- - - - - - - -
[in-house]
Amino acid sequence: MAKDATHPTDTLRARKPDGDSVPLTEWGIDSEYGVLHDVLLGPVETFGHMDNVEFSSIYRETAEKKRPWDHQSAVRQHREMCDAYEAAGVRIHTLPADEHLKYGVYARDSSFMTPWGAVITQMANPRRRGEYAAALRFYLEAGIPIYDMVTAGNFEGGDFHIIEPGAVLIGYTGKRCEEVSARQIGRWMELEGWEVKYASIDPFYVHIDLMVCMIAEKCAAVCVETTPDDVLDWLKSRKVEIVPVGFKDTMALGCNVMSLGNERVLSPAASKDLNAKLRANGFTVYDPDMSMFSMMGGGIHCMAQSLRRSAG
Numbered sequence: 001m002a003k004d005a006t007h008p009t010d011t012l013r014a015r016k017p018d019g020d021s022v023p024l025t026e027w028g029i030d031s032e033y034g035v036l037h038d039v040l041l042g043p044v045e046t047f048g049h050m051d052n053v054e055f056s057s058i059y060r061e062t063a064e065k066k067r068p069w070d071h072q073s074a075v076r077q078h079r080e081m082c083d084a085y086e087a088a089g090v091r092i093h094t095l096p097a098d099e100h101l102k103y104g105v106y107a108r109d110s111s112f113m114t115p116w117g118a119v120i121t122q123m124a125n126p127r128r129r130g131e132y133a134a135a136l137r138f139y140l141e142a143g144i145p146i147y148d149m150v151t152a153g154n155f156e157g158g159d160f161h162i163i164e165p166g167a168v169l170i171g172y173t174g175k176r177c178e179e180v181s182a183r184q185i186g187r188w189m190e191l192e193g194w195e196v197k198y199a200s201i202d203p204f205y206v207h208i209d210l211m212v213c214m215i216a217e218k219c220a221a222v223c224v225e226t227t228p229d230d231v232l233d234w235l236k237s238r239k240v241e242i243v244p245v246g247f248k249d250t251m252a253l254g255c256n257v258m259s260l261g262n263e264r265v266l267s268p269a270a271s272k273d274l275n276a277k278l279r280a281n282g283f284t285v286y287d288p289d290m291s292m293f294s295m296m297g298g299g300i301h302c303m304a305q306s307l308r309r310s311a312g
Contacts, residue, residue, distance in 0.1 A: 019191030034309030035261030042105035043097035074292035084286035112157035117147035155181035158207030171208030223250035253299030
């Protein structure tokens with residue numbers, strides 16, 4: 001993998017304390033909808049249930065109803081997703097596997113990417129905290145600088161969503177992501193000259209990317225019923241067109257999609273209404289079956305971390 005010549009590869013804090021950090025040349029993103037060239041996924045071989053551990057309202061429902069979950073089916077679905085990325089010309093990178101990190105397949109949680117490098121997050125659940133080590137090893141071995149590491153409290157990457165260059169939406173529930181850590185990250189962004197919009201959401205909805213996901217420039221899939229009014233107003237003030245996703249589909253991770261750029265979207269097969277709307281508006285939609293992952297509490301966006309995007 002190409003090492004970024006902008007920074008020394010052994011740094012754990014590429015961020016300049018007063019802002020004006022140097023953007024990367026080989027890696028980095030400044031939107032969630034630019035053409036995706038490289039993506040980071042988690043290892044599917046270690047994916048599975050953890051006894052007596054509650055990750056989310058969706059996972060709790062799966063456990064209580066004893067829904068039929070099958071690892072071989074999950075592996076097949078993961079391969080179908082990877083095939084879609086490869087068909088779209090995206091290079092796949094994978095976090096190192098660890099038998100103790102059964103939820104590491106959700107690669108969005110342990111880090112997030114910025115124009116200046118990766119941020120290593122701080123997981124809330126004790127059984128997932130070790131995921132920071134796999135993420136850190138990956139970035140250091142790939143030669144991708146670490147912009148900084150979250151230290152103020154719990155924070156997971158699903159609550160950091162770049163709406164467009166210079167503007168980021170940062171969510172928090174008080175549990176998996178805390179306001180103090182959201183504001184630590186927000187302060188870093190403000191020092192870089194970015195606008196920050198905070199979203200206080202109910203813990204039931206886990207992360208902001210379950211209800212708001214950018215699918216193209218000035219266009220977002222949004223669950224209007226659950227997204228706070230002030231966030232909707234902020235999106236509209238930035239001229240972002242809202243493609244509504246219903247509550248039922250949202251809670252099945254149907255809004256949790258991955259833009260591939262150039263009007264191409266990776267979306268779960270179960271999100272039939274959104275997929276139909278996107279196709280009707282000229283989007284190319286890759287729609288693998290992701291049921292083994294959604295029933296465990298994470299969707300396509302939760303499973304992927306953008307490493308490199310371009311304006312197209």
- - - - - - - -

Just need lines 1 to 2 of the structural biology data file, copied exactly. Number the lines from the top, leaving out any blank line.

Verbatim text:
[in-house]
Amino acid sequence: MAKDATHPTDTLRARKPDGDSVPLTEWGIDSEYGVLHDVLLGPVETFGHMDNVEFSSIYRETAEKKRPWDHQSAVRQHREMCDAYEAAGVRIHTLPADEHLKYGVYARDSSFMTPWGAVITQMANPRRRGEYAAALRFYLEAGIPIYDMVTAGNFEGGDFHIIEPGAVLIGYTGKRCEEVSARQIGRWMELEGWEVKYASIDPFYVHIDLMVCMIAEKCAAVCVETTPDDVLDWLKSRKVEIVPVGFKDTMALGCNVMSLGNERVLSPAASKDLNAKLRANGFTVYDPDMSMFSMMGGGIHCMAQSLRRSAG